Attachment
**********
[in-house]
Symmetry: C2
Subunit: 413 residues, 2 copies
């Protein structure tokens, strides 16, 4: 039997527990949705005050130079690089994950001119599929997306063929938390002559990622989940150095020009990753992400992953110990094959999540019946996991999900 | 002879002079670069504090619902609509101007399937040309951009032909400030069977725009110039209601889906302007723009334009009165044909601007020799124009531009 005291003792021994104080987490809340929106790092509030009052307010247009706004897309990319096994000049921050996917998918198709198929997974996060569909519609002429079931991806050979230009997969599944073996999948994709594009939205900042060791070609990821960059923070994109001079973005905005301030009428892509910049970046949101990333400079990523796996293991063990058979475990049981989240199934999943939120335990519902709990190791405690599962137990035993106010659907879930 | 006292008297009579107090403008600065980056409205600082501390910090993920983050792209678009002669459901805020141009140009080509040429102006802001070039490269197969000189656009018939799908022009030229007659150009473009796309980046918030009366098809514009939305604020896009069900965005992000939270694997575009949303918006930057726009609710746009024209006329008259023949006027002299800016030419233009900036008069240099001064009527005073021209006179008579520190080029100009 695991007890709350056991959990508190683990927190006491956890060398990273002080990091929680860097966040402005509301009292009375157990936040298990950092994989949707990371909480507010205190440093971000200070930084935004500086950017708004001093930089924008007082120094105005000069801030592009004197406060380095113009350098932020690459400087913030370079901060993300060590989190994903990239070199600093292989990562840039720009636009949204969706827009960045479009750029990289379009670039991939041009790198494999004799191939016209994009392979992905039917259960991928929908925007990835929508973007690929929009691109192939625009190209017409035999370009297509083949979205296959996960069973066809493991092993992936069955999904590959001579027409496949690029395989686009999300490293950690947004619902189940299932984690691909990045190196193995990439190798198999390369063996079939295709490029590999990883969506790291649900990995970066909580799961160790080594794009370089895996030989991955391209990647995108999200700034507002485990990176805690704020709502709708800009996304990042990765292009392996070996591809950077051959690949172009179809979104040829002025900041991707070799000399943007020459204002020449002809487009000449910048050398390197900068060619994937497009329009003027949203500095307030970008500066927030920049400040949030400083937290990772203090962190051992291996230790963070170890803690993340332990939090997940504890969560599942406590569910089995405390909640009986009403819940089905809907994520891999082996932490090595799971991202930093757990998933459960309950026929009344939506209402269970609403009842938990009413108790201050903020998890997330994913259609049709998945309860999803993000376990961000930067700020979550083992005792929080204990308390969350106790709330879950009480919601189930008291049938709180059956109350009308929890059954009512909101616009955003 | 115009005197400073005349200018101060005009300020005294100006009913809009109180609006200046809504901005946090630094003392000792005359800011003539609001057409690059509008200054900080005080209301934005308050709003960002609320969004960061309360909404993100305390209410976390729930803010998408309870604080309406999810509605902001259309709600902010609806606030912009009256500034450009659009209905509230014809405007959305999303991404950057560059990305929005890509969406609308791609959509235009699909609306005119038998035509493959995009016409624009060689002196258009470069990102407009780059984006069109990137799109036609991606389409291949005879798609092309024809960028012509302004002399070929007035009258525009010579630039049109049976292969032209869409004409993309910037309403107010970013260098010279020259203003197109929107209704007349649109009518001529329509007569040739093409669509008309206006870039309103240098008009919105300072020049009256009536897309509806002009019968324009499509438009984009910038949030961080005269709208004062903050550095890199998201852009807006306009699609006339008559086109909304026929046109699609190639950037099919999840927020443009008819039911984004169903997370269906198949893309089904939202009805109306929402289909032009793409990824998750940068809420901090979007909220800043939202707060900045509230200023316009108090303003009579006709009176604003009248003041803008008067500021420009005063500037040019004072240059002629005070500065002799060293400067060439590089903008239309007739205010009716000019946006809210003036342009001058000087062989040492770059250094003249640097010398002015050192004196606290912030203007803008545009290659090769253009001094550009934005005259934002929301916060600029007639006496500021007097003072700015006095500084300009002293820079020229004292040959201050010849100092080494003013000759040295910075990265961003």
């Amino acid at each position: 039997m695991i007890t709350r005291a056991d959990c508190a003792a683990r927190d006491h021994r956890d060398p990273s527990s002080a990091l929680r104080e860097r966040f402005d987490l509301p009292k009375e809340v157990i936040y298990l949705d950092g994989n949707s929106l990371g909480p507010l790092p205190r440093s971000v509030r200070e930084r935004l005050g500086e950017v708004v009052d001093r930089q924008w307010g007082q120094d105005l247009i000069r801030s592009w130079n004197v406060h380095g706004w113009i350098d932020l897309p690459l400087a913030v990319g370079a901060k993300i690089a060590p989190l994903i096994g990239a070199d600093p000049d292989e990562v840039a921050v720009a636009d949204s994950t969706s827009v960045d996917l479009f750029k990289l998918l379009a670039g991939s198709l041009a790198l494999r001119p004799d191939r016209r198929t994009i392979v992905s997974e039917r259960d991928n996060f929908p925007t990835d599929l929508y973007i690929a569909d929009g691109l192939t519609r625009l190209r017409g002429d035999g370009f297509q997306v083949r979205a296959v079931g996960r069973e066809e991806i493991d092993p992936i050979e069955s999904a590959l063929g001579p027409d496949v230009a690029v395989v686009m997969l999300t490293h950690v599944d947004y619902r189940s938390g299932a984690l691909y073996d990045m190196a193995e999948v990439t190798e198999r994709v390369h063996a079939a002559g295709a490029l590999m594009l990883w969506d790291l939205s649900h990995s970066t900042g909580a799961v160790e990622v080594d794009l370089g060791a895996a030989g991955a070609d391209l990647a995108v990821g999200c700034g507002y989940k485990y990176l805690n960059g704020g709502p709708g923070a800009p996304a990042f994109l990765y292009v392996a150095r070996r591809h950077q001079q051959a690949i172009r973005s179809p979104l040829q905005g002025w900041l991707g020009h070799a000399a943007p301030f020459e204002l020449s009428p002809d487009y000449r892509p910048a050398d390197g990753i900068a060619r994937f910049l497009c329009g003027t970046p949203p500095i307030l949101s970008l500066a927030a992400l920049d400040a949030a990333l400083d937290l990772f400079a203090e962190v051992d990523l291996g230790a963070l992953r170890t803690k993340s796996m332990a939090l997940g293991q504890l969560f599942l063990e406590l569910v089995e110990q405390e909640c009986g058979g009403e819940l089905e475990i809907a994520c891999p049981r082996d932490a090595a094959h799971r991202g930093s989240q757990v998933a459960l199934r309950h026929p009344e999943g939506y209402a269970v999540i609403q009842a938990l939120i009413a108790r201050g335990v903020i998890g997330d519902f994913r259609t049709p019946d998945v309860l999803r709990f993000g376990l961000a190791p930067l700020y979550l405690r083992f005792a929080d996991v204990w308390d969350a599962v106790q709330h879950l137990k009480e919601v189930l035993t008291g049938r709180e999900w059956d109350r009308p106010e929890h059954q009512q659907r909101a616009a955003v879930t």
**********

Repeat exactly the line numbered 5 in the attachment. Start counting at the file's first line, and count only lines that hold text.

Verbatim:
């Amino acid at each position: 039997m695991i007890t709350r005291a056991d959990c508190a003792a683990r927190d006491h021994r956890d060398p990273s527990s002080a990091l929680r104080e860097r966040f402005d987490l509301p009292k009375e809340v157990i936040y298990l949705d950092g994989n949707s929106l990371g909480p507010l790092p205190r440093s971000v509030r200070e930084r935004l005050g500086e950017v708004v009052d001093r930089q924008w307010g007082q120094d105005l247009i000069r801030s592009w130079n004197v406060h380095g706004w113009i350098d932020l897309p690459l400087a913030v990319g370079a901060k993300i690089a060590p989190l994903i096994g990239a070199d600093p000049d292989e990562v840039a921050v720009a636009d949204s994950t969706s827009v960045d996917l479009f750029k990289l998918l379009a670039g991939s198709l041009a790198l494999r001119p004799d191939r016209r198929t994009i392979v992905s997974e039917r259960d991928n996060f929908p925007t990835d599929l929508y973007i690929a569909d929009g691109l192939t519609r625009l190209r017409g002429d035999g370009f297509q997306v083949r979205a296959v079931g996960r069973e066809e991806i493991d092993p992936i050979e069955s999904a590959l063929g001579p027409d496949v230009a690029v395989v686009m997969l999300t490293h950690v599944d947004y619902r189940s938390g299932a984690l691909y073996d990045m190196a193995e999948v990439t190798e198999r994709v390369h063996a079939a002559g295709a490029l590999m594009l990883w969506d790291l939205s649900h990995s970066t900042g909580a799961v160790e990622v080594d794009l370089g060791a895996a030989g991955a070609d391209l990647a995108v990821g999200c700034g507002y989940k485990y990176l805690n960059g704020g709502p709708g923070a800009p996304a990042f994109l990765y292009v392996a150095r070996r591809h950077q001079q051959a690949i172009r973005s179809p979104l040829q905005g002025w900041l991707g020009h070799a000399a943007p301030f020459e204002l020449s009428p002809d487009y000449r892509p910048a050398d390197g990753i900068a060619r994937f910049l497009c329009g003027t970046p949203p500095i307030l949101s970008l500066a927030a992400l920049d400040a949030a990333l400083d937290l990772f400079a203090e962190v051992d990523l291996g230790a963070l992953r170890t803690k993340s796996m332990a939090l997940g293991q504890l969560f599942l063990e406590l569910v089995e110990q405390e909640c009986g058979g009403e819940l089905e475990i809907a994520c891999p049981r082996d932490a090595a094959h799971r991202g930093s989240q757990v998933a459960l199934r309950h026929p009344e999943g939506y209402a269970v999540i609403q009842a938990l939120i009413a108790r201050g335990v903020i998890g997330d519902f994913r259609t049709p019946d998945v309860l999803r709990f993000g376990l961000a190791p930067l700020y979550l405690r083992f005792a929080d996991v204990w308390d969350a599962v106790q709330h879950l137990k009480e919601v189930l035993t008291g049938r709180e999900w059956d109350r009308p106010e929890h059954q009512q659907r909101a616009a955003v879930t």